HHS Secretary Sebelius to mark anniversary of 'Affordable Care Act' in St. Louis
WASHINGTON – Two years after the Affordable Care Act became law – and three days before the U.S. Supreme Court will hear arguments challenging it – Health and Human Services Secretary Kathleen Sebelius is headed to St. Louis to defend it.
Sebelius is scheduled to take part in a “seniors’ health discussion” at 2:30 p.m., Mon., March 19 at the St. Louis Community College at Forest Park to argue that the law, known to detractors as “ObamaCare,” has strengthened Medicare for seniors.
The former Kansas governor, whose federal department is in charge of implementing the law, is expected to announce new data on savings from Medicare drug discounts. HHS officials say the new information strengthens the argument that seniors benefit.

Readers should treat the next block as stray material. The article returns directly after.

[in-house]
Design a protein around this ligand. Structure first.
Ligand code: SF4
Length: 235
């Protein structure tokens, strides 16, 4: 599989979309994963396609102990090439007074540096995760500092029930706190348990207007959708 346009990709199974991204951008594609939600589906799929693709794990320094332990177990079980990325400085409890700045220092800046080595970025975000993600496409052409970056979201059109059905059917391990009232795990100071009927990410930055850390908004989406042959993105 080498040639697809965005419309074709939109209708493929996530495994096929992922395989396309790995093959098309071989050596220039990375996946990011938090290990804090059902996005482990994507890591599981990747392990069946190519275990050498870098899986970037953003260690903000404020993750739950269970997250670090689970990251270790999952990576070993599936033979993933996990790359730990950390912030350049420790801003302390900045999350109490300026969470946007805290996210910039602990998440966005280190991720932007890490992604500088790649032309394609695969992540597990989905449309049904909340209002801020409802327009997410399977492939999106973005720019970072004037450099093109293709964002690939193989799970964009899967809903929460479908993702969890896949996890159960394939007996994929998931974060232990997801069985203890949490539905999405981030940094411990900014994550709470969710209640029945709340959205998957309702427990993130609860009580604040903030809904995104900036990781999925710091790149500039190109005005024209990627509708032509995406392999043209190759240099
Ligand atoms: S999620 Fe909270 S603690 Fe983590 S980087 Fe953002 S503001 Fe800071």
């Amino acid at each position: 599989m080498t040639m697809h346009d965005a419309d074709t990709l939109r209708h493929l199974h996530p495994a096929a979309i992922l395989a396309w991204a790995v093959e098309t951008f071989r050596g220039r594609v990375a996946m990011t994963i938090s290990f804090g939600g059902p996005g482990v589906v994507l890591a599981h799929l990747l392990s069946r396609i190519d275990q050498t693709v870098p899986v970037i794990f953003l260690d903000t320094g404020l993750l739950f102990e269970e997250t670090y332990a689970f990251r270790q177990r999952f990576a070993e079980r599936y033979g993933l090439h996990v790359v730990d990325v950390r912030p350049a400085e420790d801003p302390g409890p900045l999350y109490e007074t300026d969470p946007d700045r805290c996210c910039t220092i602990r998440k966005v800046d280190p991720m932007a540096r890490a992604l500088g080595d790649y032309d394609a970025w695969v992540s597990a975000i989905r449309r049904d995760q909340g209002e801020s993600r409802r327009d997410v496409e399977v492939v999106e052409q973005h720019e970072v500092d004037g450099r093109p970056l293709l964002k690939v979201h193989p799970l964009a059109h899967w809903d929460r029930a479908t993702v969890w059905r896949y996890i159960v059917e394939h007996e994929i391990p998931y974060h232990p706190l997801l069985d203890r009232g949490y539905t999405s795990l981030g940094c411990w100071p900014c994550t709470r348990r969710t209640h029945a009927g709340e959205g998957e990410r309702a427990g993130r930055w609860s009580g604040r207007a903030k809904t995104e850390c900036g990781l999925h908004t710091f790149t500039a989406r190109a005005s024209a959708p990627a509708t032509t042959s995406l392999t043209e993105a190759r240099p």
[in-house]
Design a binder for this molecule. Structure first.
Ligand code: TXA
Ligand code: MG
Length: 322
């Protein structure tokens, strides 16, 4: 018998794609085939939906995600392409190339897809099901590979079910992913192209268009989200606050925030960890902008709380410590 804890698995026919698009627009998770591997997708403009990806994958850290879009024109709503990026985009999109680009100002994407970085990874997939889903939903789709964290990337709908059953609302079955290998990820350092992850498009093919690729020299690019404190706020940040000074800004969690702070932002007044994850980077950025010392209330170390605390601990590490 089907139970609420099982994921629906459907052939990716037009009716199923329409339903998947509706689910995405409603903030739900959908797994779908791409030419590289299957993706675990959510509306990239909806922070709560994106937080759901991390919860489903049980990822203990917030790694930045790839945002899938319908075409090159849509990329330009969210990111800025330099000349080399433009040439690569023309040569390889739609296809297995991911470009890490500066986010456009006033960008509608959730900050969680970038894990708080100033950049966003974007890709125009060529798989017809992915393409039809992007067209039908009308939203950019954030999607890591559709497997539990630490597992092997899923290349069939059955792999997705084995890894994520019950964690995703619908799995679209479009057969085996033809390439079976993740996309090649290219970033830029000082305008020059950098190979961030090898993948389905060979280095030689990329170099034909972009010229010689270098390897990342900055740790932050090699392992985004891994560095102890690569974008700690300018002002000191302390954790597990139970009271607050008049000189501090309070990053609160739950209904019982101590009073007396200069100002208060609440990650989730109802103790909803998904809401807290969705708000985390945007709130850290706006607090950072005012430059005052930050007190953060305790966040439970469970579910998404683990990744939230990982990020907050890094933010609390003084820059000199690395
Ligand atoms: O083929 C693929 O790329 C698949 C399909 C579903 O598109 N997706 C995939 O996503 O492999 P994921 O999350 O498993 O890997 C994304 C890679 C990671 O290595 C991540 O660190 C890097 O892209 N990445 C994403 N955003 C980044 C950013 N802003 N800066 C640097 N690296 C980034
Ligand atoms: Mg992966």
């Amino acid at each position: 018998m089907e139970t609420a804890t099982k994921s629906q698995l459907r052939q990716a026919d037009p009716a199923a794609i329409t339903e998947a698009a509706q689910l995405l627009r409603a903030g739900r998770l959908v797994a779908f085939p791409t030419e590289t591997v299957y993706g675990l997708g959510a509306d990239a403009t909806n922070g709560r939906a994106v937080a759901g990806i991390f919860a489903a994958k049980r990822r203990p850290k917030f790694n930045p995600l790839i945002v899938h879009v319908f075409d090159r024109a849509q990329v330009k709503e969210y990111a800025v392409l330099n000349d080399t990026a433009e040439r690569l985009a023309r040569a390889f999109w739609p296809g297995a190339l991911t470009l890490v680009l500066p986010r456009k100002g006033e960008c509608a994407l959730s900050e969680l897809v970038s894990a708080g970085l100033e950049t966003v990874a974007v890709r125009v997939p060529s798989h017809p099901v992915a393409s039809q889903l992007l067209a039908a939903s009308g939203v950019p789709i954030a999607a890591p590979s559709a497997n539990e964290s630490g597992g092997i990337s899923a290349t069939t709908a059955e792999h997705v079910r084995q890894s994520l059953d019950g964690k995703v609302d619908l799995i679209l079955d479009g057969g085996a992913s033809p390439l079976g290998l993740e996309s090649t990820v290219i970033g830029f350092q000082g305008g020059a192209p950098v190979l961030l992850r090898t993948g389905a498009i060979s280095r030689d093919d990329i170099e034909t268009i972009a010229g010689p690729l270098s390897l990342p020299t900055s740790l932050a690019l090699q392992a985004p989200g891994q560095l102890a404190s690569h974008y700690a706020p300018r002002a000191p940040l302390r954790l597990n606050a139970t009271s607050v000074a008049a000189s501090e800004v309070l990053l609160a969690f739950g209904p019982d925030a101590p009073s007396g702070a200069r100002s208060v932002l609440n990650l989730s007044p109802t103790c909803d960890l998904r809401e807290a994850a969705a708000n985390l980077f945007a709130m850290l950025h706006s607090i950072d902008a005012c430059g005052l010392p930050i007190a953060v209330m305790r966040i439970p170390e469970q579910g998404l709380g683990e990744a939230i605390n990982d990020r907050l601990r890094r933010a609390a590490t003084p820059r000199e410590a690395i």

“Secretary Sebelius will highlight how the law extends important benefits such as free preventive services, annual wellness visits that give seniors more time with their doctor and a 50 percent discount on prescription drugs for people with Medicare in the coverage gap known as the ‘doughnut hole’,” said an HHS statement.
The department argued that the health-care law “provides unprecedented fraud-fighting tools, cracks down on waste, fraud and abuse, and just last year returned $4.1 billion to the federal government.”
Detractors of the Affordable Care Act argue that its individual mandate – requiring everyone to have health insurance by 2014 – is unconstitutional. And they say the law would reduce federal spending on Medicare over the years. The Supreme Court will begin to hear oral arguments on March 26 on constitutional challenges to the law.